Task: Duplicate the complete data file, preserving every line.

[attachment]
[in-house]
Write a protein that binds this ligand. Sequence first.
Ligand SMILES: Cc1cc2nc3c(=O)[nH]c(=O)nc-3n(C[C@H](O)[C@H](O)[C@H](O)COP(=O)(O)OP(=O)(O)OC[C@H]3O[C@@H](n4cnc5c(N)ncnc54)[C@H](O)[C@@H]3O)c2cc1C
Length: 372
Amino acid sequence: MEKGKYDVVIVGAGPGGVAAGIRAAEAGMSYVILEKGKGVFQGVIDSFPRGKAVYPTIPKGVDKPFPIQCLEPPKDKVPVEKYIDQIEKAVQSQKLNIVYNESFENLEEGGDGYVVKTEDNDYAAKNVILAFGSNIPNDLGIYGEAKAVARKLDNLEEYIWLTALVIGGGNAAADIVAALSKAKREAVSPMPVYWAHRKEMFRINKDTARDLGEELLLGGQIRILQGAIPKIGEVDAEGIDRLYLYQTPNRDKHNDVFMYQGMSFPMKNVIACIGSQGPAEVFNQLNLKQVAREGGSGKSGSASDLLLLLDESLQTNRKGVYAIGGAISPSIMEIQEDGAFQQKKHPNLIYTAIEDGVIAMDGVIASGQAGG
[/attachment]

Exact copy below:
[in-house]
Write a protein that binds this ligand. Sequence first.
Ligand SMILES: Cc1cc2nc3c(=O)[nH]c(=O)nc-3n(C[C@H](O)[C@H](O)[C@H](O)COP(=O)(O)OP(=O)(O)OC[C@H]3O[C@@H](n4cnc5c(N)ncnc54)[C@H](O)[C@@H]3O)c2cc1C
Length: 372
Amino acid sequence: MEKGKYDVVIVGAGPGGVAAGIRAAEAGMSYVILEKGKGVFQGVIDSFPRGKAVYPTIPKGVDKPFPIQCLEPPKDKVPVEKYIDQIEKAVQSQKLNIVYNESFENLEEGGDGYVVKTEDNDYAAKNVILAFGSNIPNDLGIYGEAKAVARKLDNLEEYIWLTALVIGGGNAAADIVAALSKAKREAVSPMPVYWAHRKEMFRINKDTARDLGEELLLGGQIRILQGAIPKIGEVDAEGIDRLYLYQTPNRDKHNDVFMYQGMSFPMKNVIACIGSQGPAEVFNQLNLKQVAREGGSGKSGSASDLLLLLDESLQTNRKGVYAIGGAISPSIMEIQEDGAFQQKKHPNLIYTAIEDGVIAMDGVIASGQAGG